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Perlmutter, House co-sponsors push Senate for swift action on marijuana banking bill

U.S. Rep. Ed Perlmutter and three other congressmen who’ve been pushing to give cannabis businesses access to banking services expressed hope Tuesday their bill would move through the Senate soon.

In a letter sent to Mike Crapo, chairman of the Senate Committee on Banking, Housing and Urban Affairs, the Arvada Democrat and Reps. Steve Stivers, R-Ohio, Denny Heck, D-Wash., and Warren Davidson, R-Ohio, addressed the chairman’s concerns about the Secure and Fair Enforcement (SAFE) Banking Act while urging him to take swift action.

In his comments published Dec. 18, Crapo recommended adding public health and safety requirements to the legislation, such as requiring potency disclosures and a potential 2% THC limit on products before allowing banks to do business with cannabis companies, and rules for preventing “bad actors” from laundering money through banks.

The representatives were hesitant to expand the scope of the bill, stating “we should exercise caution before adding limitations on the legislation’s safe harbor that impose unworkable burdens on financial institutions.”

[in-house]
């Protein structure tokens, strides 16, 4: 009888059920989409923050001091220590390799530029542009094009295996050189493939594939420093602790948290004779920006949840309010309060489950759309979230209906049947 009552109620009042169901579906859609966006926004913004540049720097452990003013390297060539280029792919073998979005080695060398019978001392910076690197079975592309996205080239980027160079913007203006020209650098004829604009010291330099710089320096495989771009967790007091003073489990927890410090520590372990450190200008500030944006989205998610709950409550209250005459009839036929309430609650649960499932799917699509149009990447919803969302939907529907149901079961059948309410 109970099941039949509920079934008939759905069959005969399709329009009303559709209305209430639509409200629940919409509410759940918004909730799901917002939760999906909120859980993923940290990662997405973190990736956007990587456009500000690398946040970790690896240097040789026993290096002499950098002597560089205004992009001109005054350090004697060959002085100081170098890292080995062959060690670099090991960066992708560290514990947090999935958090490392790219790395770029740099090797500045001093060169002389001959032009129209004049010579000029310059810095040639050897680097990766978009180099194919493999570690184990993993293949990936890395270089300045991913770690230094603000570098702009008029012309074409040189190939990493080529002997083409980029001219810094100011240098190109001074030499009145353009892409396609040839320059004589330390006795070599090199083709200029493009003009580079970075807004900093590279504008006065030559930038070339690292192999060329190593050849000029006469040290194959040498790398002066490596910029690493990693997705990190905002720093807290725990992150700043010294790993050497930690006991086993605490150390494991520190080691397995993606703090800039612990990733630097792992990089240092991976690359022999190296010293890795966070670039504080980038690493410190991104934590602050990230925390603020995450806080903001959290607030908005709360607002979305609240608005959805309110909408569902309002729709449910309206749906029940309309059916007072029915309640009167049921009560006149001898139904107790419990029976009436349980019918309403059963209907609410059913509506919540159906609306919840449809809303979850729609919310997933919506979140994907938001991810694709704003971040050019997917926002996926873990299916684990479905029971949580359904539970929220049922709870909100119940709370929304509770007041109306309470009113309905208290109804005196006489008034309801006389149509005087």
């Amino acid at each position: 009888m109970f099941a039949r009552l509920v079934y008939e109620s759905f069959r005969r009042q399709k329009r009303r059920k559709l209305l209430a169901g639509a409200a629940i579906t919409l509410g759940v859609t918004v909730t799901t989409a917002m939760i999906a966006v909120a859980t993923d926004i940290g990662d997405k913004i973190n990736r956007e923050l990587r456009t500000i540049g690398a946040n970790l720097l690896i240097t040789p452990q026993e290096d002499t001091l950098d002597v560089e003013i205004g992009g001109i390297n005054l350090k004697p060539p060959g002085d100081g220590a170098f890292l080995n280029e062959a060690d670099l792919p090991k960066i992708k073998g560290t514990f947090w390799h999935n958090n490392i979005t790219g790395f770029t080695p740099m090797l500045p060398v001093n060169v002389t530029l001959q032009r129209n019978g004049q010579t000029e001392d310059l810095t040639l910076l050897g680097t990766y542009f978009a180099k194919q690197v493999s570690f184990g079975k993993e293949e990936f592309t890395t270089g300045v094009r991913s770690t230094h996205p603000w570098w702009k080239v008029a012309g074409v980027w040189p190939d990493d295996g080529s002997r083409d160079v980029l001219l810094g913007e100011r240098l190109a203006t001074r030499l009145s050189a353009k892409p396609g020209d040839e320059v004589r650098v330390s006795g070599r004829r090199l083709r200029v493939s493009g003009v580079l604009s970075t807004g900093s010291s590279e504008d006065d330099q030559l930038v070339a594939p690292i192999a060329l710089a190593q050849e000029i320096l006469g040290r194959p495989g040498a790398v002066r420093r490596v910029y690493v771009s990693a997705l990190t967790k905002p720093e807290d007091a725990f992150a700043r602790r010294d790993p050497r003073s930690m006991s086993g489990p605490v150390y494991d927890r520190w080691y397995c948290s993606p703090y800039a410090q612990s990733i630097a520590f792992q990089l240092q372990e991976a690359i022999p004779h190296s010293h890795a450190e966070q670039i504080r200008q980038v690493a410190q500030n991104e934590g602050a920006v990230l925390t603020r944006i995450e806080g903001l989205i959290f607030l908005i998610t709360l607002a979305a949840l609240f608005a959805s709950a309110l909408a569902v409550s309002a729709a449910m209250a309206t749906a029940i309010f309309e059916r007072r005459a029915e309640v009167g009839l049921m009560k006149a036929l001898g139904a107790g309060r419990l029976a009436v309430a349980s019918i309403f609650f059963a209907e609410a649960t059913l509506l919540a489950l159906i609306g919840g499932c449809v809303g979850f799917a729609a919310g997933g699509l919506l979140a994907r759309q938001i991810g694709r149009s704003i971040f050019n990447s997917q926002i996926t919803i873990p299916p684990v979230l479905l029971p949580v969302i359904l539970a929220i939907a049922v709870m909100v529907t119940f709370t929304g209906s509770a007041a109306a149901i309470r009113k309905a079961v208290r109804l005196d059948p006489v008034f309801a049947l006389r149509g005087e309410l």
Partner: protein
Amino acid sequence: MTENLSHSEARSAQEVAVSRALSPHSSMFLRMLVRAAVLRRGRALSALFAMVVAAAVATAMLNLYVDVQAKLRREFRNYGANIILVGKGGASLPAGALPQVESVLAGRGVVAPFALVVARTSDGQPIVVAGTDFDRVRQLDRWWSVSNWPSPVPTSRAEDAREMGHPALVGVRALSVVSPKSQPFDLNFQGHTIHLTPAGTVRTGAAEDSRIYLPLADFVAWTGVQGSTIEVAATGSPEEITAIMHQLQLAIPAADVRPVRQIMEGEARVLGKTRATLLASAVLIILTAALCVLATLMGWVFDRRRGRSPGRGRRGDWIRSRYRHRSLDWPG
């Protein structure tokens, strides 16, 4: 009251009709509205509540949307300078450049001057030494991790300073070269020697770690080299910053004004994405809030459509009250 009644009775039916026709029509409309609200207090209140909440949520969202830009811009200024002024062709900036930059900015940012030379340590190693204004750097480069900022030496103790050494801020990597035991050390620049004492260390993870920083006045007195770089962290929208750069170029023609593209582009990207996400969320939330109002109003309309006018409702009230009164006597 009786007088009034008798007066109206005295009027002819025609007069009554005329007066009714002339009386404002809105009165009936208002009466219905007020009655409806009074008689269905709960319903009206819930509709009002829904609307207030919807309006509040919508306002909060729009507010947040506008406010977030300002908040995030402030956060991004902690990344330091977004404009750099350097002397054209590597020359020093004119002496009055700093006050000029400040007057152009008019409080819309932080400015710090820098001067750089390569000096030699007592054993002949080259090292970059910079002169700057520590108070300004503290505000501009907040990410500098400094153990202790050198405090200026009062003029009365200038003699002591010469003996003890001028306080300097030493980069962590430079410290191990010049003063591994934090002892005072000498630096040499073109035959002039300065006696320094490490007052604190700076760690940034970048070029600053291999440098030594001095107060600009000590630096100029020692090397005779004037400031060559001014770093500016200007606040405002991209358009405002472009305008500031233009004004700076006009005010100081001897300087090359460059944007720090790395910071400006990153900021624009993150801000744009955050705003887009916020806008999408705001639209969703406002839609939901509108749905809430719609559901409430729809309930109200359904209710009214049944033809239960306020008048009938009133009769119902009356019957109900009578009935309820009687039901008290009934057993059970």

“Our bill is about public safety,” the congressmen wrote. “It does not change the legal status of marijuana and is focused solely on taking cash off the streets and aligning federal banking laws with the decisions states are already making regarding cannabis.”

Colorado Attorney General Phil Weiser and others from the National Association of Attorneys General echoed that sentiment in a separate letter to the Senate sent Wednesday, stating “our banking system must be flexible enough to address the needs of businesses in the various states and territories… while protecting the interests of the federal government.”

Burglaries of cannabis dispensaries and grow operations in Denver hit a three-year high in 2019. Many in the industry believe criminals target these businesses because they are forced to deal in cash.